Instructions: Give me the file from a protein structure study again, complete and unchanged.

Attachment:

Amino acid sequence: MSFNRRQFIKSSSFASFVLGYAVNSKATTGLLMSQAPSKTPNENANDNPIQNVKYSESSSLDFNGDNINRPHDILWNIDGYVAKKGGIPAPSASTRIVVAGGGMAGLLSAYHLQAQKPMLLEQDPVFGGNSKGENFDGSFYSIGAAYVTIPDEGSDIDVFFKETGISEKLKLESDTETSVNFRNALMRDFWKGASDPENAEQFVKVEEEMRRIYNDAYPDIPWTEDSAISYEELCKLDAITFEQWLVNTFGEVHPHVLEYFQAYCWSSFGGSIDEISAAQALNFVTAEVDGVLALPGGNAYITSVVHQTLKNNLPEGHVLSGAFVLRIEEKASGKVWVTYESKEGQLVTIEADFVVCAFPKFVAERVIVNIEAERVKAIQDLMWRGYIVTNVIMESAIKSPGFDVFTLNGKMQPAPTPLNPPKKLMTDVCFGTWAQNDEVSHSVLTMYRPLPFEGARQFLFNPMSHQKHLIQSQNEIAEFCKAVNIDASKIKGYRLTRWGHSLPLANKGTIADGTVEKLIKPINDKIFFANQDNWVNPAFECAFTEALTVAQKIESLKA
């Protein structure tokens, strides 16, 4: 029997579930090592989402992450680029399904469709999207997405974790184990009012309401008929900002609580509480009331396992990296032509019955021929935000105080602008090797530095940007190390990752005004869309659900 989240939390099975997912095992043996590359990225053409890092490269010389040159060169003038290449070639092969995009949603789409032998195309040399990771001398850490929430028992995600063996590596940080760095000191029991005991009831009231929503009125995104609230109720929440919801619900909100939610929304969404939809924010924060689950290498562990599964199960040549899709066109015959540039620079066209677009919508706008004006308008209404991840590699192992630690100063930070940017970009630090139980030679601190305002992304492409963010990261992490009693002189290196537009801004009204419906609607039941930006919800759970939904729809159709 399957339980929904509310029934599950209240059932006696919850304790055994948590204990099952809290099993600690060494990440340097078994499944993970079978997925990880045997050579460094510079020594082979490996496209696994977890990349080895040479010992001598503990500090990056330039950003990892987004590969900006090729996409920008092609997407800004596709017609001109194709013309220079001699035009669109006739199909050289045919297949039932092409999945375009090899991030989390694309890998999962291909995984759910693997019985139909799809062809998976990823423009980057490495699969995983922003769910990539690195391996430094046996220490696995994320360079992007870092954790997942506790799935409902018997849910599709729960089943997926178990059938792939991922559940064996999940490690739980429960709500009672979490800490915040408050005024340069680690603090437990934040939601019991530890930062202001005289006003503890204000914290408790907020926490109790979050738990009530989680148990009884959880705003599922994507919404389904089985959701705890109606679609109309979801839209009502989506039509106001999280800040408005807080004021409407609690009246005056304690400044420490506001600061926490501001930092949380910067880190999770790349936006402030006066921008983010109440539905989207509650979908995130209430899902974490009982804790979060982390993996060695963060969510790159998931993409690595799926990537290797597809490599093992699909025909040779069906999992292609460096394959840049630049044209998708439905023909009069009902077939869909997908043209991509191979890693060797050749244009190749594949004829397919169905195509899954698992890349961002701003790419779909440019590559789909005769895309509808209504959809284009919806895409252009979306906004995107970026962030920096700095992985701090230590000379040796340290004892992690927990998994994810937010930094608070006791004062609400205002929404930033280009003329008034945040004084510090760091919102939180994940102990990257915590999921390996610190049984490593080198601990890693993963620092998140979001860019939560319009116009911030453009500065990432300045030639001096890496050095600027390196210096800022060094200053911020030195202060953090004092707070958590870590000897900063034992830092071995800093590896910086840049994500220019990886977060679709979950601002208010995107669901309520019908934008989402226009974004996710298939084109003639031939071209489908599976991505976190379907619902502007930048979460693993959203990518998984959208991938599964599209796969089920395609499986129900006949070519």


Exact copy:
Amino acid sequence: MSFNRRQFIKSSSFASFVLGYAVNSKATTGLLMSQAPSKTPNENANDNPIQNVKYSESSSLDFNGDNINRPHDILWNIDGYVAKKGGIPAPSASTRIVVAGGGMAGLLSAYHLQAQKPMLLEQDPVFGGNSKGENFDGSFYSIGAAYVTIPDEGSDIDVFFKETGISEKLKLESDTETSVNFRNALMRDFWKGASDPENAEQFVKVEEEMRRIYNDAYPDIPWTEDSAISYEELCKLDAITFEQWLVNTFGEVHPHVLEYFQAYCWSSFGGSIDEISAAQALNFVTAEVDGVLALPGGNAYITSVVHQTLKNNLPEGHVLSGAFVLRIEEKASGKVWVTYESKEGQLVTIEADFVVCAFPKFVAERVIVNIEAERVKAIQDLMWRGYIVTNVIMESAIKSPGFDVFTLNGKMQPAPTPLNPPKKLMTDVCFGTWAQNDEVSHSVLTMYRPLPFEGARQFLFNPMSHQKHLIQSQNEIAEFCKAVNIDASKIKGYRLTRWGHSLPLANKGTIADGTVEKLIKPINDKIFFANQDNWVNPAFECAFTEALTVAQKIESLKA
């Protein structure tokens, strides 16, 4: 029997579930090592989402992450680029399904469709999207997405974790184990009012309401008929900002609580509480009331396992990296032509019955021929935000105080602008090797530095940007190390990752005004869309659900 989240939390099975997912095992043996590359990225053409890092490269010389040159060169003038290449070639092969995009949603789409032998195309040399990771001398850490929430028992995600063996590596940080760095000191029991005991009831009231929503009125995104609230109720929440919801619900909100939610929304969404939809924010924060689950290498562990599964199960040549899709066109015959540039620079066209677009919508706008004006308008209404991840590699192992630690100063930070940017970009630090139980030679601190305002992304492409963010990261992490009693002189290196537009801004009204419906609607039941930006919800759970939904729809159709 399957339980929904509310029934599950209240059932006696919850304790055994948590204990099952809290099993600690060494990440340097078994499944993970079978997925990880045997050579460094510079020594082979490996496209696994977890990349080895040479010992001598503990500090990056330039950003990892987004590969900006090729996409920008092609997407800004596709017609001109194709013309220079001699035009669109006739199909050289045919297949039932092409999945375009090899991030989390694309890998999962291909995984759910693997019985139909799809062809998976990823423009980057490495699969995983922003769910990539690195391996430094046996220490696995994320360079992007870092954790997942506790799935409902018997849910599709729960089943997926178990059938792939991922559940064996999940490690739980429960709500009672979490800490915040408050005024340069680690603090437990934040939601019991530890930062202001005289006003503890204000914290408790907020926490109790979050738990009530989680148990009884959880705003599922994507919404389904089985959701705890109606679609109309979801839209009502989506039509106001999280800040408005807080004021409407609690009246005056304690400044420490506001600061926490501001930092949380910067880190999770790349936006402030006066921008983010109440539905989207509650979908995130209430899902974490009982804790979060982390993996060695963060969510790159998931993409690595799926990537290797597809490599093992699909025909040779069906999992292609460096394959840049630049044209998708439905023909009069009902077939869909997908043209991509191979890693060797050749244009190749594949004829397919169905195509899954698992890349961002701003790419779909440019590559789909005769895309509808209504959809284009919806895409252009979306906004995107970026962030920096700095992985701090230590000379040796340290004892992690927990998994994810937010930094608070006791004062609400205002929404930033280009003329008034945040004084510090760091919102939180994940102990990257915590999921390996610190049984490593080198601990890693993963620092998140979001860019939560319009116009911030453009500065990432300045030639001096890496050095600027390196210096800022060094200053911020030195202060953090004092707070958590870590000897900063034992830092071995800093590896910086840049994500220019990886977060679709979950601002208010995107669901309520019908934008989402226009974004996710298939084109003639031939071209489908599976991505976190379907619902502007930048979460693993959203990518998984959208991938599964599209796969089920395609499986129900006949070519």